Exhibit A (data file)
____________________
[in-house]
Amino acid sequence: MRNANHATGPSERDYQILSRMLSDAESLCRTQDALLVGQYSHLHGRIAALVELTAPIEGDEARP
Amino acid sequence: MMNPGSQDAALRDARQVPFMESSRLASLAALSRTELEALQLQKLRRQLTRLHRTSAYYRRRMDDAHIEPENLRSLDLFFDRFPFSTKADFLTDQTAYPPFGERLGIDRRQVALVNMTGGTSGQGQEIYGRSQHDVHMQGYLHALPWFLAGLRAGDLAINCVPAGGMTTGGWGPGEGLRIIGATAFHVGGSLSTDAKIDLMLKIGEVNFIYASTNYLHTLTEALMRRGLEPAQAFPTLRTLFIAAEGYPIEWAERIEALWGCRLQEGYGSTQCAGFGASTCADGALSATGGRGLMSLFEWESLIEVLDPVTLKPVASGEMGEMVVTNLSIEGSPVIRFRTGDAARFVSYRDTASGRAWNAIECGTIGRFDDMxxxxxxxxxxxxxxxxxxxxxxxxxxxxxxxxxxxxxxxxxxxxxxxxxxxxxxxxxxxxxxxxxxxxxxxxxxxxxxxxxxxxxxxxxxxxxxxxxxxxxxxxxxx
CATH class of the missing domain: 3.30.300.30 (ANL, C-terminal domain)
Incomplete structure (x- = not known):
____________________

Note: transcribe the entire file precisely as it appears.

[in-house]
Amino acid sequence: MRNANHATGPSERDYQILSRMLSDAESLCRTQDALLVGQYSHLHGRIAALVELTAPIEGDEARP
Amino acid sequence: MMNPGSQDAALRDARQVPFMESSRLASLAALSRTELEALQLQKLRRQLTRLHRTSAYYRRRMDDAHIEPENLRSLDLFFDRFPFSTKADFLTDQTAYPPFGERLGIDRRQVALVNMTGGTSGQGQEIYGRSQHDVHMQGYLHALPWFLAGLRAGDLAINCVPAGGMTTGGWGPGEGLRIIGATAFHVGGSLSTDAKIDLMLKIGEVNFIYASTNYLHTLTEALMRRGLEPAQAFPTLRTLFIAAEGYPIEWAERIEALWGCRLQEGYGSTQCAGFGASTCADGALSATGGRGLMSLFEWESLIEVLDPVTLKPVASGEMGEMVVTNLSIEGSPVIRFRTGDAARFVSYRDTASGRAWNAIECGTIGRFDDMxxxxxxxxxxxxxxxxxxxxxxxxxxxxxxxxxxxxxxxxxxxxxxxxxxxxxxxxxxxxxxxxxxxxxxxxxxxxxxxxxxxxxxxxxxxxxxxxxxxxxxxxxxx
CATH class of the missing domain: 3.30.300.30 (ANL, C-terminal domain)
Incomplete structure (x- = not known):